Preston Sturges

  • Preston Sturges – Unfaithfully Yours (1948)

    1941-1950ComedyPreston SturgesRomanceScrewball ComedyUSA

    A brilliant black comedy by Preston Sturges, developed from a script he had written as early as 1932 and tried in vain to get Fox, Universal and Paramount intrested in producing. The script’s early provinence must be the reason that it’s the only one of his four post-Paramount pictures to feature dialogue comparable to (and sometimes surpassing) that found in the eight great comedies he wrote and directed in 1940–44, as well as numerous comedies that he had scripted in 1930s. The studios’ reluctance to make the film at that time is indicative of why it became a critical and a box office failure: the morbid subject matter, combined with the recent suicide of actress Carole Landis (who was suspected of having an affair with Rex Harrison, who plays the lead here), simply drove audiences away from it and for decades gave it a reputation of a film maudit.Read More »

  • Preston Sturges – Les carnets du Major Thompson AKA The French, They Are a Funny Race (1955)

    1951-1960ComedyCultFrancePreston Sturges

    Major Thompson, an Englishman living in France, comments in his memoirs on the peculiarities of his French wife and friends.Read More »

  • Preston Sturges – The Sin of Harold Diddlebock (1947)

    1941-1950ComedyFantasyPreston SturgesScrewball ComedyUSA

    Also known as Mad Wednesday, this collaboration between silent comedy star Harold Lloyd and screwball comedy genius Preston Sturges was meant to be a splashy comeback for both. Unfortunately, it sank at the box office.

    The film starts with original footage from Lloyd’s 1925 classic The Freshman. Because of his success on the football field, Harold Diddlebock (Lloyd, who seems to have hardly changed in 22 years, – still sporting a straw hat, and horn rimmed glasses) is offered a job. Full of hope and promise, the former gridiron champ finds himself in a minor bookkeeping position, where he remains forgotten for the next 22 years, until he’s abruptly fired.Read More »

  • Preston Sturges – Christmas in July (1940)

    1931-1940ClassicsComedyPreston SturgesScrewball ComedyUSA

    A workplace practical joke goes awry when an office clerk (Dick Powell), believing he has won a $25,000 prize, takes his girlfriend (Ellen Drew) on an extravagant Christmas shopping spree…in the middle of July! When the truth comes out, he’s not prepared for the consequences.Read More »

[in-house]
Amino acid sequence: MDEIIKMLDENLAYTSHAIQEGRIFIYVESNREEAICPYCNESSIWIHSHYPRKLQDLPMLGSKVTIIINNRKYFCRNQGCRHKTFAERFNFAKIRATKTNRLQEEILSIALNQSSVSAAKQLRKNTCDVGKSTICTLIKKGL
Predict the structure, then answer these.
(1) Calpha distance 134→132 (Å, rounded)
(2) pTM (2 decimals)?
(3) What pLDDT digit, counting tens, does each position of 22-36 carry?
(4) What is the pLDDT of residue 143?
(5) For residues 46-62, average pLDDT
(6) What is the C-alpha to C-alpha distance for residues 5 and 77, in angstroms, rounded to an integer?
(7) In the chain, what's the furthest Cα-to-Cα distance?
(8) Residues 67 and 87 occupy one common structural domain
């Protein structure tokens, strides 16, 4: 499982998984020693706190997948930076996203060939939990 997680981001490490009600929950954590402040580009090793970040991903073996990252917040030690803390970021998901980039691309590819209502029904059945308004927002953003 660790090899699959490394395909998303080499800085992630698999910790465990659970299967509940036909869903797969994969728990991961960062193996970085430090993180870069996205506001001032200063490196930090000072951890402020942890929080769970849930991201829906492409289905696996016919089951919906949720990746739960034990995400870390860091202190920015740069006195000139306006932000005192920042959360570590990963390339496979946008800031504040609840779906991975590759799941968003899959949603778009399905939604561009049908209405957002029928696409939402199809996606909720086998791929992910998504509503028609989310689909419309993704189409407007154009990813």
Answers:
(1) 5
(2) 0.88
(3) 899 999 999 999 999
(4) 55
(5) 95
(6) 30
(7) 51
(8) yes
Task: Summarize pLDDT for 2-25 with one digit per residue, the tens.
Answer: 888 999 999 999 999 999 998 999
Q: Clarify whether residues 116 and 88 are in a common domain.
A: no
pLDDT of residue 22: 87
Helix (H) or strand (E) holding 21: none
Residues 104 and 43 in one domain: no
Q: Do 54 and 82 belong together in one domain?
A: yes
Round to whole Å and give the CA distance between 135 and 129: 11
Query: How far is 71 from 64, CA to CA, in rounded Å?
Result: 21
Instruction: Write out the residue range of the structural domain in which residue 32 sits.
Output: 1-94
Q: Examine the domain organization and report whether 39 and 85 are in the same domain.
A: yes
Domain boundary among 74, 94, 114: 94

• Preston Sturges – The Lady Eve [+Extras] (1941)

    1941-1950ComedyPreston SturgesRomanceScrewball ComedyUSA

    Criterion wrote:
    Barbara Stanwyck sizzles, Henry Fonda bumbles, and Preston Sturges runs riot in one of the all-time great screwballs, a pitch-perfect blend of comic zing and swoonworthy romance. Aboard a cruise liner sailing up the coast of South America, Stanwyck’s conniving card sharp sets her sights on Fonda’s nerdy snake researcher, who happens to be the heir to a brewery fortune. But when the con artist falls for her mark, her grift becomes a game of hearts—and she is determined to win it all. One in a string of matchless comedic marvels that Sturges wrote, directed, and produced as part of a dazzling 1940s run, this gender-flipped battle-of-wits farce is perhaps his most emotionally satisfying work, tempering its sparkling wit with a streak of tender poignancy supplied by the sensational Stanwyck at her peak.Read More »

  • Preston Sturges – The Miracle of Morgan’s Creek (1944)

    1941-1950ClassicsComedyPreston SturgesScrewball ComedyUSA

    One of Paramount’s funniest films of the forties is this Preston Sturges screwball classic staring Betty Hutton (The Greatest Show on Earth) and Eddie Bracken (Hail the Conquering Hero.) Hutton is Trudy Kockenlocker, a small-town gal who feels it is her patriotic duty to dance the night away with soldiers who are headed oversees.Read More »

  • Preston Sturges – The Great Moment (1944)

    1941-1950ComedyDramaPreston SturgesUSA


    In the winter of 1868, Eben Frost (William Demarest) goes to a Boston pawnshop and redeems a silver medal, inscribed to “Dr. W.T.G. Morton, the Benefactor of Mankind, with the Gratitude of Humanity.” Frost drives to a country farmhouse and gives the medal to Morton’s widow, Elizabeth Morton (Betty Field) who explains to her daughter, Betty (Donivee Lee), that Frost was the first person given anesthesia by her father, Boston dentist Dr. W.T.G. Morton (Joel McCrea.)Read More »

  • Max Ophüls, Stuart Heisler, Mel Ferrer, Preston Sturges, Paul Weatherwax – Vendetta (1950)

    1941-1950DramaMax OphülsPreston SturgesRomanceStuart HeislerUSA


    Max Ophuls’ first American film. Fired by Howard Hughes after falling behind schedule, Ophuls was replaced by Preston Sturges, who had written the script. Sturges was then fired also. Over the next four years, Hughes tinkered incessantly with the project, and an array of writers and directors had their way with it. Finally editor Don Siegel attempted to put the thing together and make sense of it.

    So the movie is messy but with stunning sequences. Most sources credit Mel Ferrer with directing the ending, but it’s clear he only shot the leaden coda. The actual climax is a beautifully orchestrated, stunningly lit stalking scene with the principal characters hunting each other through a misty wood. Absolutely beautiful, and if this is what made Ophuls go over schedule, as seems likely, he was right to take the time to get it looking this amazing.Read More »

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